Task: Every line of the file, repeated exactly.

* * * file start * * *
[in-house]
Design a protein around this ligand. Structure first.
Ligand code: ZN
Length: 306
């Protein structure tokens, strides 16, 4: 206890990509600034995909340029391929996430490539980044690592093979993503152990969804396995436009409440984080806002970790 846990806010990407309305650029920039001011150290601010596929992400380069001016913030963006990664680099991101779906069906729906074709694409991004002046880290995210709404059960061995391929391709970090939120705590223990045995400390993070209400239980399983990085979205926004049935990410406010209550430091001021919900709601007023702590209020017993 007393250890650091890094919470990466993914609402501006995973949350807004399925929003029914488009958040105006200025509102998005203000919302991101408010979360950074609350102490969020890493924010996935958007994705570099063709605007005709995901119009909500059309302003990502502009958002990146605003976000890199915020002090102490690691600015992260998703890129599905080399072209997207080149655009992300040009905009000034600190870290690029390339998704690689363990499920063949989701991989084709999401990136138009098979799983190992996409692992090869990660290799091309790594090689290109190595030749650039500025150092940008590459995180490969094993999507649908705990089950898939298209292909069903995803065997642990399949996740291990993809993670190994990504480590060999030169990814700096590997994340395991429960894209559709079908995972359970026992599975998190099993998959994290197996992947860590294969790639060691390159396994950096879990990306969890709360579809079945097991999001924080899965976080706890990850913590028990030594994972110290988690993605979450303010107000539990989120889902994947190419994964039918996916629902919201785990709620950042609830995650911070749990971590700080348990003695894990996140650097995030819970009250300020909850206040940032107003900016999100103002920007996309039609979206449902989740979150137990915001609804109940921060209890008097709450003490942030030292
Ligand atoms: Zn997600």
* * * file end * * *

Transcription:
[in-house]
Design a protein around this ligand. Structure first.
Ligand code: ZN
Length: 306
């Protein structure tokens, strides 16, 4: 206890990509600034995909340029391929996430490539980044690592093979993503152990969804396995436009409440984080806002970790 846990806010990407309305650029920039001011150290601010596929992400380069001016913030963006990664680099991101779906069906729906074709694409991004002046880290995210709404059960061995391929391709970090939120705590223990045995400390993070209400239980399983990085979205926004049935990410406010209550430091001021919900709601007023702590209020017993 007393250890650091890094919470990466993914609402501006995973949350807004399925929003029914488009958040105006200025509102998005203000919302991101408010979360950074609350102490969020890493924010996935958007994705570099063709605007005709995901119009909500059309302003990502502009958002990146605003976000890199915020002090102490690691600015992260998703890129599905080399072209997207080149655009992300040009905009000034600190870290690029390339998704690689363990499920063949989701991989084709999401990136138009098979799983190992996409692992090869990660290799091309790594090689290109190595030749650039500025150092940008590459995180490969094993999507649908705990089950898939298209292909069903995803065997642990399949996740291990993809993670190994990504480590060999030169990814700096590997994340395991429960894209559709079908995972359970026992599975998190099993998959994290197996992947860590294969790639060691390159396994950096879990990306969890709360579809079945097991999001924080899965976080706890990850913590028990030594994972110290988690993605979450303010107000539990989120889902994947190419994964039918996916629902919201785990709620950042609830995650911070749990971590700080348990003695894990996140650097995030819970009250300020909850206040940032107003900016999100103002920007996309039609979206449902989740979150137990915001609804109940921060209890008097709450003490942030030292
Ligand atoms: Zn997600």